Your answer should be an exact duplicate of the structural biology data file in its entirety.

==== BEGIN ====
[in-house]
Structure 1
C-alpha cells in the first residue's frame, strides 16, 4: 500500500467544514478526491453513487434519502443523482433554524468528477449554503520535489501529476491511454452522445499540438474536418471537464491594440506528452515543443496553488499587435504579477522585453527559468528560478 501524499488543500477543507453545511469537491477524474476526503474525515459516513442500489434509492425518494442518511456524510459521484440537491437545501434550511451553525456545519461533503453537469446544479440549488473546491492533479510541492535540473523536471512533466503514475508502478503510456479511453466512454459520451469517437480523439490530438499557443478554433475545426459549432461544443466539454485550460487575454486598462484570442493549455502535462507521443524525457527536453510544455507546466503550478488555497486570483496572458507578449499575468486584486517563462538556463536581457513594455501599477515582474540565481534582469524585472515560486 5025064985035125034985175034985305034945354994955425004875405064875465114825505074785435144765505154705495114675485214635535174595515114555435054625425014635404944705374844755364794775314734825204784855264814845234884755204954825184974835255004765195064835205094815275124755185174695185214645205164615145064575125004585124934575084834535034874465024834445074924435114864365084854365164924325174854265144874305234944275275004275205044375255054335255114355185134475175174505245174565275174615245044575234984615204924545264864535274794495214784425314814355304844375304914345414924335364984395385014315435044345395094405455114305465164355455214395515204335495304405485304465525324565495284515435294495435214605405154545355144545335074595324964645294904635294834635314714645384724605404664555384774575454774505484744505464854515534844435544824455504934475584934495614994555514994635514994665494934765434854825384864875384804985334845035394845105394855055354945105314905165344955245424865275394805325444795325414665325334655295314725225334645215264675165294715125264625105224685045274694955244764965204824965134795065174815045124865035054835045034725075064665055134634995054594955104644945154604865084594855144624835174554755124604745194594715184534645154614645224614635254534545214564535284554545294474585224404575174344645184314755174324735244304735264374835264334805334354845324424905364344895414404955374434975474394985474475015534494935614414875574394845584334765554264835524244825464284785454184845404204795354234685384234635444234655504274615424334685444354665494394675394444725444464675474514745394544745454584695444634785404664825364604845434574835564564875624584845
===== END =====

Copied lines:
[in-house]
Structure 1
C-alpha cells in the first residue's frame, strides 16, 4: 500500500467544514478526491453513487434519502443523482433554524468528477449554503520535489501529476491511454452522445499540438474536418471537464491594440506528452515543443496553488499587435504579477522585453527559468528560478 501524499488543500477543507453545511469537491477524474476526503474525515459516513442500489434509492425518494442518511456524510459521484440537491437545501434550511451553525456545519461533503453537469446544479440549488473546491492533479510541492535540473523536471512533466503514475508502478503510456479511453466512454459520451469517437480523439490530438499557443478554433475545426459549432461544443466539454485550460487575454486598462484570442493549455502535462507521443524525457527536453510544455507546466503550478488555497486570483496572458507578449499575468486584486517563462538556463536581457513594455501599477515582474540565481534582469524585472515560486 5025064985035125034985175034985305034945354994955425004875405064875465114825505074785435144765505154705495114675485214635535174595515114555435054625425014635404944705374844755364794775314734825204784855264814845234884755204954825184974835255004765195064835205094815275124755185174695185214645205164615145064575125004585124934575084834535034874465024834445074924435114864365084854365164924325174854265144874305234944275275004275205044375255054335255114355185134475175174505245174565275174615245044575234984615204924545264864535274794495214784425314814355304844375304914345414924335364984395385014315435044345395094405455114305465164355455214395515204335495304405485304465525324565495284515435294495435214605405154545355144545335074595324964645294904635294834635314714645384724605404664555384774575454774505484744505464854515534844435544824455504934475584934495614994555514994635514994665494934765434854825384864875384804985334845035394845105394855055354945105314905165344955245424865275394805325444795325414665325334655295314725225334645215264675165294715125264625105224685045274694955244764965204824965134795065174815045124865035054835045034725075064665055134634995054594955104644945154604865084594855144624835174554755124604745194594715184534645154614645224614635254534545214564535284554545294474585224404575174344645184314755174324735244304735264374835264334805334354845324424905364344895414404955374434975474394985474475015534494935614414875574394845584334765554264835524244825464284785454184845404204795354234685384234635444234655504274615424334685444354665494394675394444725444464675474514745394544745454584695444634785404664825364604845434574835564564875624584845